The HTC Desire HD, an Evo-sized device headed to Europe, is now available for preorder on Vodafone. The Desire HD packs a 4.3-inch touchscreen powered by a 1GHz Snapdragon processor and Android 2.2 with the new version of HTC Sense. Be sure to check out our hands on with this device and then go ahead and preorder your own today. Thanks, Dave!
Opera Mobile for Android has been in beta for what seems like forever -- we first got a look at it at Mobile World Congress way back in February. But it's nearing completion, and the popular mobile browser should be released within a month, Opera announced on its blog this morning. It's trumpeting full hardware acceleration and pinch-to-zoom at the low levels. Will it take over as our daily browser? We'll find out in a month when it's available at Opera.com and in the Android Market. [Opera]
Stuck on Moto logo after reboot – this was tough on a few owners. Very sorry about that. A fix has been developed for this and should eliminate the problem. It will be distributed in a future software release. If you are still experiencing this issue, click here.
Random rebooting – while there always seem to be new conditions that can cause an electronic device to panic, we do have improvements coming that address and eliminate identified panic states. They will be distributed in a future software release.
WiFi connection and stability – improvements in WiFi have been developed, to address several problem areas. They will be distributed in a future software release.
Battery Manager “force close” errors – under some circumstances, pressing the battery icon under Menu > Settings > Battery Manager results in a forced close error. A fix has been developed for this and should eliminate the problem. It will be distributed in a future software release.
Media won’t play – includes “sorry the player does not support this type of audio file," custom ringtone stop working, video won’t play, etc., until after a reboot. We believe we have identified the cause of these errors. A fix has been developed for this and should eliminate the problem. It will be distributed in a future software release.
Music files cutting off the final four seconds or so – a solution has been developed. It will be distributed in a future software release.
If you are a Droid X owner and are noticing any of these bugs, or any others, Motorola asks for you to let them know. Keep in mind that if you don't report it, they can't fix it! [via Motorola Support] Thanks to everybody who sent this in.
Lately it seems as though nearly every carrier has changed its data plans, and T-Mobile looks to be next. Effective Oct. 16, T-Mobile will be changing its data cap from 10MB to a 5GB, which is more in line with what other carriers offer. Users who reach the 5GB cap will be notified via a free SMS message that they have reached their cap, and any continued data usage will be at a slower speed. They are saying that this change will only affect around 1 percent of their customers, meaning 99 percent of you will not notice a change. But for those who wish to monitor their data usage it can be done on my.t-mobile.com under the data use tab. [via TMoNews, whom we're betting is that 1 percent ;-) ]
We love these Android "about" screens. And the reason we love them is that you can make your own with a couple of lines in the command prompt and about 30 seconds with a text editor. So when we say take what you see above with a grain of salt, we mean a mountain-sized piece of the ol' sodium chloride.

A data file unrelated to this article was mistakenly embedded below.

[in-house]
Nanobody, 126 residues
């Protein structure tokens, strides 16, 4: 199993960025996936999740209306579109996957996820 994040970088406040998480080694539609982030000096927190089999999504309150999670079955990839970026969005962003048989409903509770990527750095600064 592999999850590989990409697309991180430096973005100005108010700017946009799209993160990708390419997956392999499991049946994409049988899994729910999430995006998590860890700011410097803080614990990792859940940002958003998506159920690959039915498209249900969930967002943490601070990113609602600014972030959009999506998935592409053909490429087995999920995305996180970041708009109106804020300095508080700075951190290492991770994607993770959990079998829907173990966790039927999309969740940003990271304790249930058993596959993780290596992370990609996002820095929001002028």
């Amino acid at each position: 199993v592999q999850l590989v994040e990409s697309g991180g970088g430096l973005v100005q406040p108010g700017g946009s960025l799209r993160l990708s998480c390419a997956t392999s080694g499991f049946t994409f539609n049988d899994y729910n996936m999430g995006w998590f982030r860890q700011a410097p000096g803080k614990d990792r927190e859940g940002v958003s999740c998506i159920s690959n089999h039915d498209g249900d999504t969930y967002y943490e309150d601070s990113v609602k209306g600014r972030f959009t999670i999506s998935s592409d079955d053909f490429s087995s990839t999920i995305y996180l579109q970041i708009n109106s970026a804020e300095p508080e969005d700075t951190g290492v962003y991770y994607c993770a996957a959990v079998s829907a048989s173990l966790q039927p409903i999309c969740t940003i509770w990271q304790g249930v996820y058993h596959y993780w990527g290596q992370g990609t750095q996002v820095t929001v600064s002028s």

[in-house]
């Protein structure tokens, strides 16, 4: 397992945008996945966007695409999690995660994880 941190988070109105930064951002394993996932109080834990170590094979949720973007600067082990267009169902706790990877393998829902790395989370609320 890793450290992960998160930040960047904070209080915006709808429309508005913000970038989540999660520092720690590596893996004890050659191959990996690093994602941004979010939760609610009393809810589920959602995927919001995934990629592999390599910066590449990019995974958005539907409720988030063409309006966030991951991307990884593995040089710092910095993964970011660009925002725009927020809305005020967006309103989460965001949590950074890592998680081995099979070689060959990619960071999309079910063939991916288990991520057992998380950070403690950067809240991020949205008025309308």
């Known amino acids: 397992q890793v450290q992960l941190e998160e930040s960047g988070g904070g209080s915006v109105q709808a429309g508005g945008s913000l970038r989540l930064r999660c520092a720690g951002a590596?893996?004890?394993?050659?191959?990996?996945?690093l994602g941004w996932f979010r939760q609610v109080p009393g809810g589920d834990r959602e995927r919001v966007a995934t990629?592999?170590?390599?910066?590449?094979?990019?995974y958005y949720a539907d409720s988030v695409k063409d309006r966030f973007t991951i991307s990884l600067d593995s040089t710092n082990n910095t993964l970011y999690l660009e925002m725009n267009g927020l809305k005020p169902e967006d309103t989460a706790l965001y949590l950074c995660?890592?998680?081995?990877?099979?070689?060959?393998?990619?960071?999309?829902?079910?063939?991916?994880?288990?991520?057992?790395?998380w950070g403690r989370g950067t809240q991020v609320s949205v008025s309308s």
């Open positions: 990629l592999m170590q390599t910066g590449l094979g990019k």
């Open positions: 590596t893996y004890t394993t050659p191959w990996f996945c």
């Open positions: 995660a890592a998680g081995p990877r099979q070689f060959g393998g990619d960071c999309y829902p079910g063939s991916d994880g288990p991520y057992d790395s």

That could be the Motorola Olympus, with Android 3.0.
And possibly that weird 480x818 resolution is for real, and part of some super secret Android Tablet with a quad-core fuel-injected flux capacitor running at 1.21 gigawatts that, for some reason, Motorola is keeping quiet about. (Or if you look at the top right of the image, you'll see where the notification bar -- or something -- probably was cropped out.)
And maybe it's a version of Android running a Linux kernel that's way past the latest try-at-your-own-risk version of 2.6.36-rc7-git4 that's actually available as of this writing. But that sort of tinfoil hat talk sends Jerry into a GNU tizzy. So let's hope that's not the case, because Jerry don't need any more crazy, ya dig?
As long as we're in the midst of Wednesday build.prop Wackiness, let's revisit one of our favorite build.prop fakes to make its way into a blog post: The HTC Supersonic on T-Mobile running Android 3.0 -- on Jan. 22, 2010. Classic, folks. Classic.
So maybe this one's real, and maybe it ain't. If it's not, well, that's another one for the fake build.prop gallery. [Droid Life]
An announcement from Lookout to its users today confirms that it will be introducing a premium service in the near future, making some of the free features available for a price.
While Lookout hasn't said what the premium service will include, it did provide these details:
A free version of Lookout will continue to be available
Existing users of Lookout will continue to get all the features they enjoy right now for free, for the life of the account
The premium version will be specifically to Android at the beginning, with other platforms to follow
A pretty good deal if you ask us. Lookout offers some great features and the fact that existing users can enjoy the product free of charge after the premium version comes out only emphasizes the need for customers to try this out. If you haven't tried Lookout yet, find the link and the QR code to follow. For a full look at the announcement, check after the break. [Lookout]